Friday, March 23, 2018

prayer as relationship...

One of the recent insights I have gleaned from my reconnection to the writing of Henri Nouwen is this simple but transformative insight: the mystical life, our communion with God born of prayer, is fundamentally a relationship. "Even in the case of Jesus... when we are told that he spent a whole night in communing prayers with God it means: Jesus spent the night listening to the Father calling him the Beloved." This night of prayer was about meditation and contemplation. Resting in a growing awareness of God's grace. Being filled from the inside out with God's presence that is as intimate as our breath and as transcendent as the stars.

For decades I had assumed that these prayers of solitude were super-human acts of liturgical discipline. But Nouwen asserts, and it resonates in brilliant sense to me, that these times were not about reciting well-crafted prayers, assuming traditional postures of piety, or even expressing holy words, songs or thoughts. Rather, Jesus was claiming a quiet, contemplative and mystical relationship with the Source of sacred love. These prayers are about nourishing a relationship with God as Beloved. They are not petitioning a distant or separate Lord, but rather opening our hearts to the intimacy of grace. In this Jesus practices what he preaches: "come unto me all ye who are weary... and I will give ye rest."

Are you tired? Worn out? Burned out on religion? Come to me. Get away with me and you’ll recover your life. I’ll show you how to take a real rest. Walk with me and work with me—watch how I do it. Learn the unforced rhythms of grace. I won’t lay anything heavy or ill-fitting on you. Keep company with me and you’ll learn to live freely and lightly. (Matthew 11: 28-30, The Message)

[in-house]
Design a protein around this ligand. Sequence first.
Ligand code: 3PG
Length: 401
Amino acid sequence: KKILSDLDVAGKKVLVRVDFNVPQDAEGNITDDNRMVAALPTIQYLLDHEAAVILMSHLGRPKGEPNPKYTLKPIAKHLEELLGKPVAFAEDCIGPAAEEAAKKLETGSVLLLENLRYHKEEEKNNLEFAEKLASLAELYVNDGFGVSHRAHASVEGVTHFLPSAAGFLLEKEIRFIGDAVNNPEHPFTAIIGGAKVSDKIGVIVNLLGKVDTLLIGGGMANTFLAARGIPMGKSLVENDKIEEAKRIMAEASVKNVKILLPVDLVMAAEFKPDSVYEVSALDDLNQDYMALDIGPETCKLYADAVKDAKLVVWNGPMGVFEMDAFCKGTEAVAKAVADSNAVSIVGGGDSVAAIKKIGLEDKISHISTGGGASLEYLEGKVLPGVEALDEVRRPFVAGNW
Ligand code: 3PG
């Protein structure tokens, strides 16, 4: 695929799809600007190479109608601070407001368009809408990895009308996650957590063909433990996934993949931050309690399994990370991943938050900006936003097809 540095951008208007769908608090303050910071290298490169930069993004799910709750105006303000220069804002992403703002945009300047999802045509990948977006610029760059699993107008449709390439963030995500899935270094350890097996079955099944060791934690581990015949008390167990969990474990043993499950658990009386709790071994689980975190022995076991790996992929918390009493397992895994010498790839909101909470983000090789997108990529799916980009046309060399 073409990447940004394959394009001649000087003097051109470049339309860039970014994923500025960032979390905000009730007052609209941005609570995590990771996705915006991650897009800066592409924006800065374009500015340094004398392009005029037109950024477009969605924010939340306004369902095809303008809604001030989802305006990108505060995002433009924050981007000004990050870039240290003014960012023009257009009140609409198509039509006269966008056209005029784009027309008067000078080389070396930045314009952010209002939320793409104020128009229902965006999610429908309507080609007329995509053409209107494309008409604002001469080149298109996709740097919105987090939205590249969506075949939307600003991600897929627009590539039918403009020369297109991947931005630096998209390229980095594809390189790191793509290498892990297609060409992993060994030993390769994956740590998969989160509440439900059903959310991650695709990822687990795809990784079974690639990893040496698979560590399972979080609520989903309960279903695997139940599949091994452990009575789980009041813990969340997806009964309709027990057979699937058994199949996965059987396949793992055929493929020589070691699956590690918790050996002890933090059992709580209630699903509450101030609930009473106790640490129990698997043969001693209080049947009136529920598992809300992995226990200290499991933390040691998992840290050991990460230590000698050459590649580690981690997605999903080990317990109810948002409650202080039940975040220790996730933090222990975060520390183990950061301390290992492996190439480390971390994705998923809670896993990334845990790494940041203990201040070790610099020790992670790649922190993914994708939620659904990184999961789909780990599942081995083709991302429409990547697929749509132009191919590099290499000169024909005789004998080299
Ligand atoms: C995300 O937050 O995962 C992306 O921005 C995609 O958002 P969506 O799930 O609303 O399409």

In The Road to Daybreak, Nouwen notes that trusting God's beloved tenderness is not easy for us. "Jesus wants us to receive the love he offers. He wants nothing more than that we allow him to love us and enjoy that love (just as he has let himself be loved and cherished.) But this is so hard since we always feel that we have to deserve the love offered to us." (p. 193) In this, Brother Henri is confessional, never asking us to go where he has never gone. To be as a little child, he writes, "I must become little." Not puffed up. Neither impressed by degrees, status, or personal acts of generosity, but small and receptive. 

Jesus said, "If anyone wants to be first, he must make himself last of all and a servant of all." (Mark 9:35) Am I willing to become the servant of a beggar...? It is becoming clear to me that I still have not understood that Jesus revealed his love to us by becoming our servant and calls us to follow him in this way. (Daybreak, p. 190) 

By owning his own insecurities and wounds, Nouwen helps us do likewise. Over time, he let go of his abstractions and academic aloofness and communicated in simple ways soul to soul. Fr. Ronald Rolheiser got it right when he wrote that the later works of Henri Nouwen were able to "carry deep sentiment without being sentimental; to be self-revealing without being exhibitionist; to be deeply personal yet profoundly universal; and to be sensitive to human weakness, even as he strove to challenge us to seek what's more sublime." (Mere Spirituality, p. viii)

My Lenten journey has been wildly uneven this year. What continues to ground me in the season, however, is my abiding relationship with grace. The more quiet time taken to rest into this relationship, the more trust I sense in my heart. This Sunday is Palm Sunday, a liturgical collection of bold contrasts highlighting the marriage of faith and doubt, wisdom and trust, light and darkness, constancy and distraction. May the Paschal Mystery unfold in little ways within and beyond me.

+ James Lumsden

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